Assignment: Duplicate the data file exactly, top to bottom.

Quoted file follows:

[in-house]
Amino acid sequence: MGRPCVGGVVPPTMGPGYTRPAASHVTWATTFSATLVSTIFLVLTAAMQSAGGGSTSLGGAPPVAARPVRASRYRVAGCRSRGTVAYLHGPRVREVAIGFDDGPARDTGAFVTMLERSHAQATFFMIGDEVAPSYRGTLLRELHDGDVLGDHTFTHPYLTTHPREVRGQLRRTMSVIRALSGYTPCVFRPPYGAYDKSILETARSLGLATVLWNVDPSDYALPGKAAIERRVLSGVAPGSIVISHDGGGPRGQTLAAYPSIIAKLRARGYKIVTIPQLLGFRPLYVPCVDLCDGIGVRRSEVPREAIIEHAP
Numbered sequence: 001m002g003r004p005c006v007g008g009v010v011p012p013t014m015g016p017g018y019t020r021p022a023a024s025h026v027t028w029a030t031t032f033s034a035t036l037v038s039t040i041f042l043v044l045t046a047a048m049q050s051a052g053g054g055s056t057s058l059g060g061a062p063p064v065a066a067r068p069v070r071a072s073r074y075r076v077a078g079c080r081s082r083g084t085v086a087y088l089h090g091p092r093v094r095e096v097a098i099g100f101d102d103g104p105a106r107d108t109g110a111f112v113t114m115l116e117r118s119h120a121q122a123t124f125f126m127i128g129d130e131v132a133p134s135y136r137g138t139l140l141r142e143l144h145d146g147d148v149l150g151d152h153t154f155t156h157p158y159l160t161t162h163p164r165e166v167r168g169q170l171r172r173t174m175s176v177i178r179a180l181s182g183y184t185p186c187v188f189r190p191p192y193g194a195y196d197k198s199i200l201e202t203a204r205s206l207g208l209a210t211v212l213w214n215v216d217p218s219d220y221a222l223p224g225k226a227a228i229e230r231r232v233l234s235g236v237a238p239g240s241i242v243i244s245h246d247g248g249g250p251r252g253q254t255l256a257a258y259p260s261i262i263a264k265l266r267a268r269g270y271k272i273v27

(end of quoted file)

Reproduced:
[in-house]
Amino acid sequence: MGRPCVGGVVPPTMGPGYTRPAASHVTWATTFSATLVSTIFLVLTAAMQSAGGGSTSLGGAPPVAARPVRASRYRVAGCRSRGTVAYLHGPRVREVAIGFDDGPARDTGAFVTMLERSHAQATFFMIGDEVAPSYRGTLLRELHDGDVLGDHTFTHPYLTTHPREVRGQLRRTMSVIRALSGYTPCVFRPPYGAYDKSILETARSLGLATVLWNVDPSDYALPGKAAIERRVLSGVAPGSIVISHDGGGPRGQTLAAYPSIIAKLRARGYKIVTIPQLLGFRPLYVPCVDLCDGIGVRRSEVPREAIIEHAP
Numbered sequence: 001m002g003r004p005c006v007g008g009v010v011p012p013t014m015g016p017g018y019t020r021p022a023a024s025h026v027t028w029a030t031t032f033s034a035t036l037v038s039t040i041f042l043v044l045t046a047a048m049q050s051a052g053g054g055s056t057s058l059g060g061a062p063p064v065a066a067r068p069v070r071a072s073r074y075r076v077a078g079c080r081s082r083g084t085v086a087y088l089h090g091p092r093v094r095e096v097a098i099g100f101d102d103g104p105a106r107d108t109g110a111f112v113t114m115l116e117r118s119h120a121q122a123t124f125f126m127i128g129d130e131v132a133p134s135y136r137g138t139l140l141r142e143l144h145d146g147d148v149l150g151d152h153t154f155t156h157p158y159l160t161t162h163p164r165e166v167r168g169q170l171r172r173t174m175s176v177i178r179a180l181s182g183y184t185p186c187v188f189r190p191p192y193g194a195y196d197k198s199i200l201e202t203a204r205s206l207g208l209a210t211v212l213w214n215v216d217p218s219d220y221a222l223p224g225k226a227a228i229e230r231r232v233l234s235g236v237a238p239g240s241i242v243i244s245h246d247g248g249g250p251r252g253q254t255l256a257a258y259p260s261i262i263a264k265l266r267a268r269g270y271k272i273v27